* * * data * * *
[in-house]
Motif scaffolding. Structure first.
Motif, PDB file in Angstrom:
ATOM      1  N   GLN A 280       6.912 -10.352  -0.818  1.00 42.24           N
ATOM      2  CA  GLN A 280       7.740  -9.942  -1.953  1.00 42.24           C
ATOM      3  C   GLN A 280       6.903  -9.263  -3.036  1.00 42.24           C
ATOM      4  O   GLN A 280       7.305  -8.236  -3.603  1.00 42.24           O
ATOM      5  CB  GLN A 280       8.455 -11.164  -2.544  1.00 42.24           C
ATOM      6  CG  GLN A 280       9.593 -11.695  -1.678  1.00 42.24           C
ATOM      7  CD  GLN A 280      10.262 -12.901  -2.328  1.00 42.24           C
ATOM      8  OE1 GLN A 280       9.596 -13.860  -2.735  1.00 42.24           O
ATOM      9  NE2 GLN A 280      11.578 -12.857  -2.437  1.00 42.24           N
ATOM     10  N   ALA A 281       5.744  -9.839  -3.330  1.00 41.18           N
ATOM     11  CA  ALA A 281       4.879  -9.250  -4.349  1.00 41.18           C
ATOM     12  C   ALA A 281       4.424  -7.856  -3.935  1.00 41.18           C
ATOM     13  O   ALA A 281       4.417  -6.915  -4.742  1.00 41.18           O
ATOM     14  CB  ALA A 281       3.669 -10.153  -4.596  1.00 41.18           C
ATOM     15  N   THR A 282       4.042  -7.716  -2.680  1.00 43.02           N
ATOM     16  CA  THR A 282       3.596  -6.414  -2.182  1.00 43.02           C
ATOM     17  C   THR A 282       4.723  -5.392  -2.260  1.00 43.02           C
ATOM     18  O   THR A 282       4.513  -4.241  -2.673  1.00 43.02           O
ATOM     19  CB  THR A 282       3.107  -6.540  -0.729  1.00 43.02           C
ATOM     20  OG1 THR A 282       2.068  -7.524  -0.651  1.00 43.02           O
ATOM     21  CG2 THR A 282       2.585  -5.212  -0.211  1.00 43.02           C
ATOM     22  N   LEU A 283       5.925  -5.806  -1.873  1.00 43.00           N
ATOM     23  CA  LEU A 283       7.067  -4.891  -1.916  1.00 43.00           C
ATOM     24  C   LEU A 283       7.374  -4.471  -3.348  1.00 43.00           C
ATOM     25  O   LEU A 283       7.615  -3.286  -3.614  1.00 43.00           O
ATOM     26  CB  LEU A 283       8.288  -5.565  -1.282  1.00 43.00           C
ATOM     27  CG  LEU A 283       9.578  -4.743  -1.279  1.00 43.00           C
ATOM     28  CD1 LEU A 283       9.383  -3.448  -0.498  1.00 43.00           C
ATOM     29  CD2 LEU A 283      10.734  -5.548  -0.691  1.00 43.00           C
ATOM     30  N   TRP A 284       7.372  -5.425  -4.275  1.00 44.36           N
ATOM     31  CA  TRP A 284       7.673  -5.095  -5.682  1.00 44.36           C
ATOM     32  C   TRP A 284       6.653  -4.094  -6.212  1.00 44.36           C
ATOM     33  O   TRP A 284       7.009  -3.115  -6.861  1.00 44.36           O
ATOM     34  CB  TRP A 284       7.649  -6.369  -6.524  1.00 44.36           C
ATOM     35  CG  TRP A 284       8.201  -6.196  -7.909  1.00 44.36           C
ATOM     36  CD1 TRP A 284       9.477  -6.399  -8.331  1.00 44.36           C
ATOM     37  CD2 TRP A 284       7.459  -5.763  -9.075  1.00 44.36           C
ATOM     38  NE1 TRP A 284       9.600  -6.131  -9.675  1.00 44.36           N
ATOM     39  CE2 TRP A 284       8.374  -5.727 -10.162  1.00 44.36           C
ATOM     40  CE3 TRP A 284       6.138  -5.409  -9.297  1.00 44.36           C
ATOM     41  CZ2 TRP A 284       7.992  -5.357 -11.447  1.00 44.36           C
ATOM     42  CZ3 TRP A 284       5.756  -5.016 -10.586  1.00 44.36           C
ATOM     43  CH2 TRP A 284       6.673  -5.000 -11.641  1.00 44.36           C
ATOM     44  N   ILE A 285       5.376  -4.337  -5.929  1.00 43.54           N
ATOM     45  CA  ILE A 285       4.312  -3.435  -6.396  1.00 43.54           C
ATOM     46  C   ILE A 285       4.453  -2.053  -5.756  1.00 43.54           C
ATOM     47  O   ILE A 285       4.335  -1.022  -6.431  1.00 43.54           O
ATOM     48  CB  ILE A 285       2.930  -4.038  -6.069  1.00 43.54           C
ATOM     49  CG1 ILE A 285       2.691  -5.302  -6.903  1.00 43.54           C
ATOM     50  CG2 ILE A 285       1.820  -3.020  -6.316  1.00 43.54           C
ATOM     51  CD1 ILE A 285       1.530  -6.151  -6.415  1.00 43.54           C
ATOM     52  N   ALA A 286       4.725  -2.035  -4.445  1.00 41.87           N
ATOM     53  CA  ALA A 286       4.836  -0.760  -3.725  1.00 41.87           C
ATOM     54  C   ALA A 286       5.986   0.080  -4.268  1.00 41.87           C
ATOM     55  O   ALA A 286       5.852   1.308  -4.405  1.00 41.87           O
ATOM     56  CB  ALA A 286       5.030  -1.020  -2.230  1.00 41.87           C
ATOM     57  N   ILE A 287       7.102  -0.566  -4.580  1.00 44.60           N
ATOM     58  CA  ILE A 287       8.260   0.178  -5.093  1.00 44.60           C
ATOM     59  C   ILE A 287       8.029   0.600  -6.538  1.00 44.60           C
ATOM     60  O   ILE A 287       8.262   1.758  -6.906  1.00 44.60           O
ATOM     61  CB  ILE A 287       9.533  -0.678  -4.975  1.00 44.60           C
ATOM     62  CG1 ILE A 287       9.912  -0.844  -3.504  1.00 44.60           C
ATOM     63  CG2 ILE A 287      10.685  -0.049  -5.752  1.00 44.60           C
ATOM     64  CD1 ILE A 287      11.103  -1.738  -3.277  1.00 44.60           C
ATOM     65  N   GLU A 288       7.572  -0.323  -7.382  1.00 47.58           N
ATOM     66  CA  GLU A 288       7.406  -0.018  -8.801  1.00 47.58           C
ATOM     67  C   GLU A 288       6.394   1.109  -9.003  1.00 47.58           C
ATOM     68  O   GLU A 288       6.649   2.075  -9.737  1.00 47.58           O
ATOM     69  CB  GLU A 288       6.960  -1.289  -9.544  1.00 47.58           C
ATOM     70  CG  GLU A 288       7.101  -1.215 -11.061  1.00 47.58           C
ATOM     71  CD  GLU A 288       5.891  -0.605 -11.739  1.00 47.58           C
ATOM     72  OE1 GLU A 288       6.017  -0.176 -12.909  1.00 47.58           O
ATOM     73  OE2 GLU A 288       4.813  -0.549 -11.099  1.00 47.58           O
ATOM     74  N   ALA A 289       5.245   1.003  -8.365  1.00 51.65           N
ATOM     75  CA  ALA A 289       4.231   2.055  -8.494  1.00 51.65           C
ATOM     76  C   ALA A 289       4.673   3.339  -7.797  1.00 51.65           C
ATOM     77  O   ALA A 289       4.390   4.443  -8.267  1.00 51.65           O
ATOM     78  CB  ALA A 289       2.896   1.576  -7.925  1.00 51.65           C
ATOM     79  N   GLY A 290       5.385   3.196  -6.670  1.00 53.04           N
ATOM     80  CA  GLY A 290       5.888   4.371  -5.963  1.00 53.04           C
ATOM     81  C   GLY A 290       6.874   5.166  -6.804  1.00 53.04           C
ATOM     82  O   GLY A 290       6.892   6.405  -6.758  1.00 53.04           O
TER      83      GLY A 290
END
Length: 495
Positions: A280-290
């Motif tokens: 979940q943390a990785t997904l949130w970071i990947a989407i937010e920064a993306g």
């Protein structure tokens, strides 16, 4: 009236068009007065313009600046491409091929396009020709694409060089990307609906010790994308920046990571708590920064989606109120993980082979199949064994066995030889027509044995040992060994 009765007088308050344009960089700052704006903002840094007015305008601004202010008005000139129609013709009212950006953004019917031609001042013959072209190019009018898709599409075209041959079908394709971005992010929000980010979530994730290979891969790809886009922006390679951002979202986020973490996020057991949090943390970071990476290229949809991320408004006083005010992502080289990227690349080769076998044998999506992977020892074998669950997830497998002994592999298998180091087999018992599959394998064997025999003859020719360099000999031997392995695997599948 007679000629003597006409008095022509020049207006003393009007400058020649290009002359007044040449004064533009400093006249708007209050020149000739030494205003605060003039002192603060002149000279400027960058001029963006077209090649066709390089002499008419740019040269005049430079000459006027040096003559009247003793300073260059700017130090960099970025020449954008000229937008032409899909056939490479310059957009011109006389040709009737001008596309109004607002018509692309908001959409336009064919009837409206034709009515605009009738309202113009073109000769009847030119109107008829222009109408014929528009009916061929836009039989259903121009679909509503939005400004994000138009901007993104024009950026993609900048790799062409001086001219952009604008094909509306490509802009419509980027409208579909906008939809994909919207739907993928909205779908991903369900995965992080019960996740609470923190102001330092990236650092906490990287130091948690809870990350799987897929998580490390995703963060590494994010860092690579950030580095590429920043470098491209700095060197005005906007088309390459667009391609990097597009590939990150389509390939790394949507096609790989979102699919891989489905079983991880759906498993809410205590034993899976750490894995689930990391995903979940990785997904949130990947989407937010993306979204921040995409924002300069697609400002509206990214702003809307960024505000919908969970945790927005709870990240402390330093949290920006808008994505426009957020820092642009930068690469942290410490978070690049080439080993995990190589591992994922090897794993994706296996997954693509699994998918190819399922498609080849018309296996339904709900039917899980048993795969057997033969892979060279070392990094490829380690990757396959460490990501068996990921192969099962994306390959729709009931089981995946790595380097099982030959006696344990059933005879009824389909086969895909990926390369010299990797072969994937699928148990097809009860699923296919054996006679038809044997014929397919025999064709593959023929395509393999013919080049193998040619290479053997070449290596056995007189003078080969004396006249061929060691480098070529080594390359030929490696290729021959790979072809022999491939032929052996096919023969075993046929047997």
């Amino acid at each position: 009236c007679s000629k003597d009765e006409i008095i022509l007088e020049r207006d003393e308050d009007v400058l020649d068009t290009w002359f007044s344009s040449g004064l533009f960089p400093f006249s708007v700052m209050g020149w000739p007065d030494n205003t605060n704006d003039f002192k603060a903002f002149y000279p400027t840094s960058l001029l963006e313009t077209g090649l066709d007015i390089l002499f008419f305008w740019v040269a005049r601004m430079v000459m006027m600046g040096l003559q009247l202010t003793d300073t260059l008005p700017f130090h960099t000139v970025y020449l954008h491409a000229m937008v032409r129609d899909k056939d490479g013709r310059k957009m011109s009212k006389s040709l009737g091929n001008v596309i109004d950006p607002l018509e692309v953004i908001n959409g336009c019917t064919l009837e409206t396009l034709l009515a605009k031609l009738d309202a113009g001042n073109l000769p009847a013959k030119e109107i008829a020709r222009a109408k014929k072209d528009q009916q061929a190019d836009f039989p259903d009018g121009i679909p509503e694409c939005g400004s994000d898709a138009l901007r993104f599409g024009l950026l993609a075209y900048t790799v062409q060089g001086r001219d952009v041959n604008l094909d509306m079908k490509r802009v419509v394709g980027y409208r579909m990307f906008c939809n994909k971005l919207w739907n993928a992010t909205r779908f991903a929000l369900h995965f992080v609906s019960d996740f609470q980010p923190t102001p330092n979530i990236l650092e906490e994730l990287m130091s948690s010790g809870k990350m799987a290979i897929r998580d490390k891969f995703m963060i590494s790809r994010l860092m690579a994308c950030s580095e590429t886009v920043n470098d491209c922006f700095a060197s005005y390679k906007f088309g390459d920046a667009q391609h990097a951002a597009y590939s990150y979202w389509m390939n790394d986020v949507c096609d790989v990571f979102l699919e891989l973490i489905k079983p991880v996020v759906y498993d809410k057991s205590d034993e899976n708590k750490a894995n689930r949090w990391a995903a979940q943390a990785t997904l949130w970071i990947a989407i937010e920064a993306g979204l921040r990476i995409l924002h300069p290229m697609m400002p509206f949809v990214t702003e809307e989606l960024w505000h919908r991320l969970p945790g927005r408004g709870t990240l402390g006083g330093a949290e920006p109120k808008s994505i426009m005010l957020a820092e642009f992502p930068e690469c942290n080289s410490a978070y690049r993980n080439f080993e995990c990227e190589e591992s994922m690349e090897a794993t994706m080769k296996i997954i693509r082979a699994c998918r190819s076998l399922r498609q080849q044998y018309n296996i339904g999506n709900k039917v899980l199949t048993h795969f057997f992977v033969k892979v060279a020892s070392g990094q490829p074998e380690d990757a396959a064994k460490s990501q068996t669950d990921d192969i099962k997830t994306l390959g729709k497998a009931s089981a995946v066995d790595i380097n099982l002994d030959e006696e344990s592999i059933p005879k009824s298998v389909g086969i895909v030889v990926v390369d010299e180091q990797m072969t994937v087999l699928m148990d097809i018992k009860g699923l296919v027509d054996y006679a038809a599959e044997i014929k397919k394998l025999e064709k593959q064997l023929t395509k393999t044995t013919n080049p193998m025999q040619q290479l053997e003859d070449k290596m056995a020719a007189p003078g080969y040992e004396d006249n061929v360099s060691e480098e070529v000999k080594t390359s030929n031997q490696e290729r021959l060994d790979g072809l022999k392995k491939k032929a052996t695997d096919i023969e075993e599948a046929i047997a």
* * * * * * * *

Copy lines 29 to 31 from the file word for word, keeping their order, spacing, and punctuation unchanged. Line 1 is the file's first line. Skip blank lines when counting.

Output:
ATOM     26  CB  LEU A 283       8.288  -5.565  -1.282  1.00 43.00           C
ATOM     27  CG  LEU A 283       9.578  -4.743  -1.279  1.00 43.00           C
ATOM     28  CD1 LEU A 283       9.383  -3.448  -0.498  1.00 43.00           C